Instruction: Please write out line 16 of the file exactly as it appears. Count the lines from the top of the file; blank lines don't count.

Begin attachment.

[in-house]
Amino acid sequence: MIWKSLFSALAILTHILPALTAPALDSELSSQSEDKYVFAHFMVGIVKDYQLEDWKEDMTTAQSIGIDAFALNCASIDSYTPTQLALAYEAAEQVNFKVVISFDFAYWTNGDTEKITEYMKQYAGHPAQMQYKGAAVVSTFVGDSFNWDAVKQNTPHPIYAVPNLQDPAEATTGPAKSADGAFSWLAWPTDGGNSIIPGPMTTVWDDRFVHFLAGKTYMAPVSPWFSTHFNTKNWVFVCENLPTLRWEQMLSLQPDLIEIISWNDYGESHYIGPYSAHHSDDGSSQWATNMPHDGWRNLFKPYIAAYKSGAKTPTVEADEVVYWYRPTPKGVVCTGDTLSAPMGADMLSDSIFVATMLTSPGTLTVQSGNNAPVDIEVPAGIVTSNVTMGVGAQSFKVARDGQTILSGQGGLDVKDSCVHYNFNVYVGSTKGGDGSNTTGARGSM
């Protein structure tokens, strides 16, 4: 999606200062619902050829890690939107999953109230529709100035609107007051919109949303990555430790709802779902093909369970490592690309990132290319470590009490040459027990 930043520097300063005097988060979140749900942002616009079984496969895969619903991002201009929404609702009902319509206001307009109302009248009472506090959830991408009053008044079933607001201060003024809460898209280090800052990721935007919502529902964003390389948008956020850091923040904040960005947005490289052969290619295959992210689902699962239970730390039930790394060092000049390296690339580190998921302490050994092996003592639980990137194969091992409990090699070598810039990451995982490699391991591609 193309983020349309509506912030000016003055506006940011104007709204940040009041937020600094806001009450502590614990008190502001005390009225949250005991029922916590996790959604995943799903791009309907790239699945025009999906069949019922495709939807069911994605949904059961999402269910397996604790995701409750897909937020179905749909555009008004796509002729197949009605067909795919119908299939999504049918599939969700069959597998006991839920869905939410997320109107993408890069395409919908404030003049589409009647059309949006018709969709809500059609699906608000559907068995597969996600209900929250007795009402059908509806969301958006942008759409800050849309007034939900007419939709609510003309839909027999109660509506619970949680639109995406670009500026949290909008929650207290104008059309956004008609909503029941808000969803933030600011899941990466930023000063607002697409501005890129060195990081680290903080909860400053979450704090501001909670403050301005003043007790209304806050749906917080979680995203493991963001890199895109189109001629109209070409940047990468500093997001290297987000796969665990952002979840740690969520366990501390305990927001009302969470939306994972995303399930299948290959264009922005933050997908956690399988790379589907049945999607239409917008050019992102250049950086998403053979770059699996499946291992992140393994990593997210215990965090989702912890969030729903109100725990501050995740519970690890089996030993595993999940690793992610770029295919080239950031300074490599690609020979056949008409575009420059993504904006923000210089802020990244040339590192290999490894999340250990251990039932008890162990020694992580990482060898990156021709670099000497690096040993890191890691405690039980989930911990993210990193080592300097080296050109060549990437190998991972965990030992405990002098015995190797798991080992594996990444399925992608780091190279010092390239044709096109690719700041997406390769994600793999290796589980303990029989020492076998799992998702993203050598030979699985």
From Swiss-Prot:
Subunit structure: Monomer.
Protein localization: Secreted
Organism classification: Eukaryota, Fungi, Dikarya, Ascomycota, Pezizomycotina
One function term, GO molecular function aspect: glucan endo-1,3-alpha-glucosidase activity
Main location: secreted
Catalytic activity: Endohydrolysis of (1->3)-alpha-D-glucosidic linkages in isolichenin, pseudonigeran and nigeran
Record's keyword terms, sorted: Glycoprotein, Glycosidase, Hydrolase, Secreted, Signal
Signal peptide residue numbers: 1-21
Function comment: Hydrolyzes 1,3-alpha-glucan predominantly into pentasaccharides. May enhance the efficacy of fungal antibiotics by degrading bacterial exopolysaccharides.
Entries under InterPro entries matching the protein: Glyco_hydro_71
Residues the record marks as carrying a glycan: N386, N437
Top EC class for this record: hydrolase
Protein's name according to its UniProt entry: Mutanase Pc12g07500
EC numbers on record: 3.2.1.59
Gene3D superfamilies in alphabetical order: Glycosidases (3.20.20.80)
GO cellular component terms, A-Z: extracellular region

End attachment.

Top EC class for this record: hydrolase